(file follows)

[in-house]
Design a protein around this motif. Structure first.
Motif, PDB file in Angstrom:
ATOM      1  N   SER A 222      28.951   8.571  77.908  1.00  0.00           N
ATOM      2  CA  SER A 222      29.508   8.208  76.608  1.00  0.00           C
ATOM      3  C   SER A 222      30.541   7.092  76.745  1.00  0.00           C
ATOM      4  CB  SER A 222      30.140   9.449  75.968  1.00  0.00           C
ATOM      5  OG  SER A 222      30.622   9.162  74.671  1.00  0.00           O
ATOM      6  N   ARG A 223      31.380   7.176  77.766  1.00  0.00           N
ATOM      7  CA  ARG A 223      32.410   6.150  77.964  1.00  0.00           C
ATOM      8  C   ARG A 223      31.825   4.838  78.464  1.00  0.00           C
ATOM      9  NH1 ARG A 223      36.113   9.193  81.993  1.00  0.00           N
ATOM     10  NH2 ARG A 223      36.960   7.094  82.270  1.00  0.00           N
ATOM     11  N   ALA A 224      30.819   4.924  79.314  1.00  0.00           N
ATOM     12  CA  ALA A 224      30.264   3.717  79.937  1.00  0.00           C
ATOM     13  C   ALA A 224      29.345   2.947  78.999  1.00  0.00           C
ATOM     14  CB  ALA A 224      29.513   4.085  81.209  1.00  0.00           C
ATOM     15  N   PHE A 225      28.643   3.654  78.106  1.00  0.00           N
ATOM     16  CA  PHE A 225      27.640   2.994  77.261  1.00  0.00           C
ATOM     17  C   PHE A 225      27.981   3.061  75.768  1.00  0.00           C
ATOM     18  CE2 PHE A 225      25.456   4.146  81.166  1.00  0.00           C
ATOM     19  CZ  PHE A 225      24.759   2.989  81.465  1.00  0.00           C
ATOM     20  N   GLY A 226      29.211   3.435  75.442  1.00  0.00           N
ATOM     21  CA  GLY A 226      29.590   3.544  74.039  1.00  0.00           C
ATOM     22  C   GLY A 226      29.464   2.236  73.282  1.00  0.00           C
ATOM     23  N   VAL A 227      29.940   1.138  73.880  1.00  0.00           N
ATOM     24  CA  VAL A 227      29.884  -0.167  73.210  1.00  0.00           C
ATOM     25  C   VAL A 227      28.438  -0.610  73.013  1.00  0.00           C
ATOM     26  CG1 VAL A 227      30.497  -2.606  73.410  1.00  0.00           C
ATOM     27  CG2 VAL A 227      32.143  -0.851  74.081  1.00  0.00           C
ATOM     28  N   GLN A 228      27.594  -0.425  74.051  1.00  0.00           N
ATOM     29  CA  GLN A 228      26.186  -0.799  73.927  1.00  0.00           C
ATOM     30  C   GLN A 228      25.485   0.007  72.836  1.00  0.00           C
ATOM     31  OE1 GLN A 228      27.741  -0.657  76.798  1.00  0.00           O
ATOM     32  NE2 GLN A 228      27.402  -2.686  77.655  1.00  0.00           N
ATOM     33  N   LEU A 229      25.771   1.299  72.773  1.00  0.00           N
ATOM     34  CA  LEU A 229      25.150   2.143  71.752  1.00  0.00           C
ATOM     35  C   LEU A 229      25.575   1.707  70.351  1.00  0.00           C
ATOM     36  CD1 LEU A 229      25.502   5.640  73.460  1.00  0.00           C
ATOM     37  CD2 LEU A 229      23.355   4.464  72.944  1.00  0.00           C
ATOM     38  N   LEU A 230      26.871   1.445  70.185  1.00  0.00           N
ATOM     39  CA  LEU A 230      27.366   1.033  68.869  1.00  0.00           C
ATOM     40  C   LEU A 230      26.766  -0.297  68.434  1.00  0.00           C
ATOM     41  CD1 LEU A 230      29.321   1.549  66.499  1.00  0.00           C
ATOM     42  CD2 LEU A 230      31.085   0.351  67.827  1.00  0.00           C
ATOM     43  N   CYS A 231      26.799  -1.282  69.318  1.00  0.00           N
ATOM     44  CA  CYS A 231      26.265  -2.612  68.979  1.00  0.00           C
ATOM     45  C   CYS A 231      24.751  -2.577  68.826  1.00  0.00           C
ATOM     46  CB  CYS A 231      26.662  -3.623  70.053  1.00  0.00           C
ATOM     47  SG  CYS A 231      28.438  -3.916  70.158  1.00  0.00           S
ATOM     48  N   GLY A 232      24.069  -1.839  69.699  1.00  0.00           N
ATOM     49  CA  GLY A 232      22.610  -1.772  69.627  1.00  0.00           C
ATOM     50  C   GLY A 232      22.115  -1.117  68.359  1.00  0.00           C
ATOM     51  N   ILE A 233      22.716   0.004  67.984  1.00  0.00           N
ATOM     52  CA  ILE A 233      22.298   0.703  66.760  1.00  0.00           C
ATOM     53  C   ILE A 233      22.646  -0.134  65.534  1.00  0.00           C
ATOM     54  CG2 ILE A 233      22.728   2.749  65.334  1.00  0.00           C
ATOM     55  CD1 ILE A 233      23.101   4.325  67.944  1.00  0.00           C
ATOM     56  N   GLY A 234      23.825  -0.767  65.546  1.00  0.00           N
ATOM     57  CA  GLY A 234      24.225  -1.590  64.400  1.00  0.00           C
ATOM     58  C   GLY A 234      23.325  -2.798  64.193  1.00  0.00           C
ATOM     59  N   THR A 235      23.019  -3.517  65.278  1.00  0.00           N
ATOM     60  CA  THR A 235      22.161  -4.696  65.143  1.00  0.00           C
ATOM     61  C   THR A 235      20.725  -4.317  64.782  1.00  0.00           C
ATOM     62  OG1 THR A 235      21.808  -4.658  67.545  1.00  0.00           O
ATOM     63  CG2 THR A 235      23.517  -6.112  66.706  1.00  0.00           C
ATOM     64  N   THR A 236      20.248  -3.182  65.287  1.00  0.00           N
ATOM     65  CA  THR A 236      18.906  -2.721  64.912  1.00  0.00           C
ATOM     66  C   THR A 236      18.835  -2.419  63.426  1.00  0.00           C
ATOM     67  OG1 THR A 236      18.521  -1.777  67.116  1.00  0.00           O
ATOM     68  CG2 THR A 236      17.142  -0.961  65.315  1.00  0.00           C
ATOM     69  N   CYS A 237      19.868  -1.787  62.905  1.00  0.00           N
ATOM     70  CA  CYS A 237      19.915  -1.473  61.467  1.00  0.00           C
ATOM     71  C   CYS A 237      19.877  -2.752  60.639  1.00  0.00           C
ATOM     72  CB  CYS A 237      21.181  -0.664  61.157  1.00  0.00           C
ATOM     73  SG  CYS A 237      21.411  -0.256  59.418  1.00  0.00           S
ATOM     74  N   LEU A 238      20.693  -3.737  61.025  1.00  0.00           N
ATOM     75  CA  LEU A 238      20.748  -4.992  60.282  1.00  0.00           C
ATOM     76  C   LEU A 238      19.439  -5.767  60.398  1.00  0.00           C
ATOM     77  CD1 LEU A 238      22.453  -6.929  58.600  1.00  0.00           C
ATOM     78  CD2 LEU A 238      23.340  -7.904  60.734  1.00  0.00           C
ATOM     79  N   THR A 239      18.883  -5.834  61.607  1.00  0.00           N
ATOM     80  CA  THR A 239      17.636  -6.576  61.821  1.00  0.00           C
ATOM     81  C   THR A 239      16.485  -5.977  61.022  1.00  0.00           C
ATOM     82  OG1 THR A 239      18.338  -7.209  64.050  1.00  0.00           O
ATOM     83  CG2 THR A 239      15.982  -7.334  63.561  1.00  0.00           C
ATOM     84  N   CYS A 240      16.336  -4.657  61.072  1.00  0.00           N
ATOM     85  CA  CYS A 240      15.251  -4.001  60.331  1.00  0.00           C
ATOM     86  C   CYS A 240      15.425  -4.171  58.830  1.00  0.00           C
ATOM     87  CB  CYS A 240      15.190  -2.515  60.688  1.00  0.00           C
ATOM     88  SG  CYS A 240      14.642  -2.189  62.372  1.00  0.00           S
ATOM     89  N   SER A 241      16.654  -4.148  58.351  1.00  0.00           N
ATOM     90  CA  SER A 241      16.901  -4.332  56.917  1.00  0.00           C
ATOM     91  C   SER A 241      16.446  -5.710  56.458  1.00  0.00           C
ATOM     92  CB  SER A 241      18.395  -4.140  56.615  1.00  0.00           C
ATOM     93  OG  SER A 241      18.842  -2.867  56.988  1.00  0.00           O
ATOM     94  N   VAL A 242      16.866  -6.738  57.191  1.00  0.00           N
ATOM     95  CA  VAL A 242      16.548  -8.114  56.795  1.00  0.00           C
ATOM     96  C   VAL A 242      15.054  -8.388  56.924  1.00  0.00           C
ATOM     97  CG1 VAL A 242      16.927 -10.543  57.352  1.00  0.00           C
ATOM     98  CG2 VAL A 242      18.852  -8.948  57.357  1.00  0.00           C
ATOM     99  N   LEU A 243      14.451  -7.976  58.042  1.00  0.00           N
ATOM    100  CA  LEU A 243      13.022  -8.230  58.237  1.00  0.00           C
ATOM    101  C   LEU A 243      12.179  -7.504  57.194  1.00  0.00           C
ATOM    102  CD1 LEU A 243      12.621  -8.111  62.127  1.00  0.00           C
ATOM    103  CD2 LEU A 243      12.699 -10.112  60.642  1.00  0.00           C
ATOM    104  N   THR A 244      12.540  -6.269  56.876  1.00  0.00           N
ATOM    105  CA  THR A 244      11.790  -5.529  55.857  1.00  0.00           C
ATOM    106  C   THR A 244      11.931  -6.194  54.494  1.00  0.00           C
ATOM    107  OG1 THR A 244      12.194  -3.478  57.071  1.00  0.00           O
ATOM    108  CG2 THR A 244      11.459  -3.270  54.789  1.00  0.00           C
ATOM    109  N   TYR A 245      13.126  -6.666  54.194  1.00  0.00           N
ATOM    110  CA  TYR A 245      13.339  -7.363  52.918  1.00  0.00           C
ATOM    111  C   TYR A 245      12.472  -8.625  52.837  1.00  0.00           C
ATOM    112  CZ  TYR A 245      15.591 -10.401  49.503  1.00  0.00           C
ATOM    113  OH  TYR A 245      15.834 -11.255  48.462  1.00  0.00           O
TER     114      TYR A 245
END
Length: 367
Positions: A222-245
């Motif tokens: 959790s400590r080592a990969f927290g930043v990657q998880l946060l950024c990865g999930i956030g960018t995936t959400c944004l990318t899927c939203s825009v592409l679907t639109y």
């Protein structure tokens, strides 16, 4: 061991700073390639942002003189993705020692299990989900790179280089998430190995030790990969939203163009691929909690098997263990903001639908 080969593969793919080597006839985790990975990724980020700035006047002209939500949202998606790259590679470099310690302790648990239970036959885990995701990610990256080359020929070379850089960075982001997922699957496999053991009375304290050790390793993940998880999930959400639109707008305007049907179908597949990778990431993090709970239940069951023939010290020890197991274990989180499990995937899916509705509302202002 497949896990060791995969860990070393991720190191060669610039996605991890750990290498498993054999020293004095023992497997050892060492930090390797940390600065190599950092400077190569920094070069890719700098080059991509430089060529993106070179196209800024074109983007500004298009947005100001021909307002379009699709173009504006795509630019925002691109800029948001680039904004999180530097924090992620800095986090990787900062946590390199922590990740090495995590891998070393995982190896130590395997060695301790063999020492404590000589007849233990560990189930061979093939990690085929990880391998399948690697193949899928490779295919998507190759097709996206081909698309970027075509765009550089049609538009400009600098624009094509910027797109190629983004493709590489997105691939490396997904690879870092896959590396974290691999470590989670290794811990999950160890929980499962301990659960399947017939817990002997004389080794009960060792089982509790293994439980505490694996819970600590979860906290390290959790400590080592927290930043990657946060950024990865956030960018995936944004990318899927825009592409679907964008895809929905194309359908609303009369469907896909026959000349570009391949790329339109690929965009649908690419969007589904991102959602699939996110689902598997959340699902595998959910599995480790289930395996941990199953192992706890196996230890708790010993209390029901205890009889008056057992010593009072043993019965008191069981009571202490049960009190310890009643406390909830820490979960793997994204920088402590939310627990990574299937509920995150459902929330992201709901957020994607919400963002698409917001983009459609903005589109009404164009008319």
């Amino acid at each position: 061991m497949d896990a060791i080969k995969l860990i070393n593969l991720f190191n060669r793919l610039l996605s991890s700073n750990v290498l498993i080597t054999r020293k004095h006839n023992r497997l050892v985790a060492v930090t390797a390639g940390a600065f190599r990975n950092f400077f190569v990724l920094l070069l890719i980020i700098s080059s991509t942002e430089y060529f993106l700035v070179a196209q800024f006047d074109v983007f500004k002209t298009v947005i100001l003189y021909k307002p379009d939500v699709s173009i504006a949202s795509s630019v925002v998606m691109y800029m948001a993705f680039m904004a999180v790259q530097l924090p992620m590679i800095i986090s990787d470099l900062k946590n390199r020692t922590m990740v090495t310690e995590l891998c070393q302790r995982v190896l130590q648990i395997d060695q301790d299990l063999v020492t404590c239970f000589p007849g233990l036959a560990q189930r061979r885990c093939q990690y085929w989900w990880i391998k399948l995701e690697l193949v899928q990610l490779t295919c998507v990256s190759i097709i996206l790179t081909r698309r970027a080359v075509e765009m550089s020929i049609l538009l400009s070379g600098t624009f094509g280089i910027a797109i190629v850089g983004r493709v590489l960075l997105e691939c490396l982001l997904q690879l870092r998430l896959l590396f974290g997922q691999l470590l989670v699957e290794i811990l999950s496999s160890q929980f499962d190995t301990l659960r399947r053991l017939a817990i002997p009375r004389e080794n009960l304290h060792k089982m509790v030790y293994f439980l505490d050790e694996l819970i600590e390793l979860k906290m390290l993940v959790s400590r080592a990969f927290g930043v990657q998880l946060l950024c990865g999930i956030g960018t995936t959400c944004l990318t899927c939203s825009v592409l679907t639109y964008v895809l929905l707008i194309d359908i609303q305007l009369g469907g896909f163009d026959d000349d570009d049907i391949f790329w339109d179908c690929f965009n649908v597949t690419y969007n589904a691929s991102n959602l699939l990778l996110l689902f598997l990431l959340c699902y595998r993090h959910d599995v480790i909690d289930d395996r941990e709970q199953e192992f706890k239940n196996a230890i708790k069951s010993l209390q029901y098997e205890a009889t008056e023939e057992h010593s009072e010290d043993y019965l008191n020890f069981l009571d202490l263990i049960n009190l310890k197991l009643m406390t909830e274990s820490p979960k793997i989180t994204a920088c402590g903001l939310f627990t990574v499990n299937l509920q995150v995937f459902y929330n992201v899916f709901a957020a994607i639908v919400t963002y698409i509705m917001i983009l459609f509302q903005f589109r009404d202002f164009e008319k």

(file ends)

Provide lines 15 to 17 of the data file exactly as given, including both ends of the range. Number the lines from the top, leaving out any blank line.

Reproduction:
ATOM     12  CA  ALA A 224      30.264   3.717  79.937  1.00  0.00           C
ATOM     13  C   ALA A 224      29.345   2.947  78.999  1.00  0.00           C
ATOM     14  CB  ALA A 224      29.513   4.085  81.209  1.00  0.00           C